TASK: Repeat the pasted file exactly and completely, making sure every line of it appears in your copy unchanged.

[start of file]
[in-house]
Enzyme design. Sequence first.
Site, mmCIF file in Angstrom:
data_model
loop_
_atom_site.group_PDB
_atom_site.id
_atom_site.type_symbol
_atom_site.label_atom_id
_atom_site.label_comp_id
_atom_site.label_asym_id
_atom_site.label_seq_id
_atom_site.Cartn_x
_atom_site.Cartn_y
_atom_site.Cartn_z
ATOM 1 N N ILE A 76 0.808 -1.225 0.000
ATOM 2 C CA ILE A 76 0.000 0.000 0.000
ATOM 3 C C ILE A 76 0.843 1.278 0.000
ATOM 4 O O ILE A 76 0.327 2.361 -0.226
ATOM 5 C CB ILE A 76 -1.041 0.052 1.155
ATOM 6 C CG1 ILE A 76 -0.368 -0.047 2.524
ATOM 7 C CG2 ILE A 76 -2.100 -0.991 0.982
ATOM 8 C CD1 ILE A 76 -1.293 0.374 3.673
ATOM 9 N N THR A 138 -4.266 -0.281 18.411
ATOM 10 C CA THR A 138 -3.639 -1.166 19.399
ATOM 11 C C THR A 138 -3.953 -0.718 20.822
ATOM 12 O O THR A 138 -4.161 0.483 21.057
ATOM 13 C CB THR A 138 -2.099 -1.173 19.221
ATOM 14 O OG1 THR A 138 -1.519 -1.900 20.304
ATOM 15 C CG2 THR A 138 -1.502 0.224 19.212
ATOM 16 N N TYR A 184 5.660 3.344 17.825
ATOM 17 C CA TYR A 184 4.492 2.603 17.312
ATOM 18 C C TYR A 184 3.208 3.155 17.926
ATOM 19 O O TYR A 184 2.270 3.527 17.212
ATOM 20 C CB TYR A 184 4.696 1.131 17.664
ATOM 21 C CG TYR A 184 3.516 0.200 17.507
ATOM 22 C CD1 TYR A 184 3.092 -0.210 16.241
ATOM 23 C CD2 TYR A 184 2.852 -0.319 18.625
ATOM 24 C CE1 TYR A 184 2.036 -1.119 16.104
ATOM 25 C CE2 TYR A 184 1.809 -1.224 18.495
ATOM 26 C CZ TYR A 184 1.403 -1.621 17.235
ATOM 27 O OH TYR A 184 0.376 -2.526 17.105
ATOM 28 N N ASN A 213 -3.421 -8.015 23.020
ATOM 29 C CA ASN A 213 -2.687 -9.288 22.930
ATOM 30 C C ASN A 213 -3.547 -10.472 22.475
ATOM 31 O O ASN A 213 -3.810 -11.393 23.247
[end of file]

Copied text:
[in-house]
Enzyme design. Sequence first.
Site, mmCIF file in Angstrom:
data_model
loop_
_atom_site.group_PDB
_atom_site.id
_atom_site.type_symbol
_atom_site.label_atom_id
_atom_site.label_comp_id
_atom_site.label_asym_id
_atom_site.label_seq_id
_atom_site.Cartn_x
_atom_site.Cartn_y
_atom_site.Cartn_z
ATOM 1 N N ILE A 76 0.808 -1.225 0.000
ATOM 2 C CA ILE A 76 0.000 0.000 0.000
ATOM 3 C C ILE A 76 0.843 1.278 0.000
ATOM 4 O O ILE A 76 0.327 2.361 -0.226
ATOM 5 C CB ILE A 76 -1.041 0.052 1.155
ATOM 6 C CG1 ILE A 76 -0.368 -0.047 2.524
ATOM 7 C CG2 ILE A 76 -2.100 -0.991 0.982
ATOM 8 C CD1 ILE A 76 -1.293 0.374 3.673
ATOM 9 N N THR A 138 -4.266 -0.281 18.411
ATOM 10 C CA THR A 138 -3.639 -1.166 19.399
ATOM 11 C C THR A 138 -3.953 -0.718 20.822
ATOM 12 O O THR A 138 -4.161 0.483 21.057
ATOM 13 C CB THR A 138 -2.099 -1.173 19.221
ATOM 14 O OG1 THR A 138 -1.519 -1.900 20.304
ATOM 15 C CG2 THR A 138 -1.502 0.224 19.212
ATOM 16 N N TYR A 184 5.660 3.344 17.825
ATOM 17 C CA TYR A 184 4.492 2.603 17.312
ATOM 18 C C TYR A 184 3.208 3.155 17.926
ATOM 19 O O TYR A 184 2.270 3.527 17.212
ATOM 20 C CB TYR A 184 4.696 1.131 17.664
ATOM 21 C CG TYR A 184 3.516 0.200 17.507
ATOM 22 C CD1 TYR A 184 3.092 -0.210 16.241
ATOM 23 C CD2 TYR A 184 2.852 -0.319 18.625
ATOM 24 C CE1 TYR A 184 2.036 -1.119 16.104
ATOM 25 C CE2 TYR A 184 1.809 -1.224 18.495
ATOM 26 C CZ TYR A 184 1.403 -1.621 17.235
ATOM 27 O OH TYR A 184 0.376 -2.526 17.105
ATOM 28 N N ASN A 213 -3.421 -8.015 23.020
ATOM 29 C CA ASN A 213 -2.687 -9.288 22.930
ATOM 30 C C ASN A 213 -3.547 -10.472 22.475
ATOM 31 O O ASN A 213 -3.810 -11.393 23.247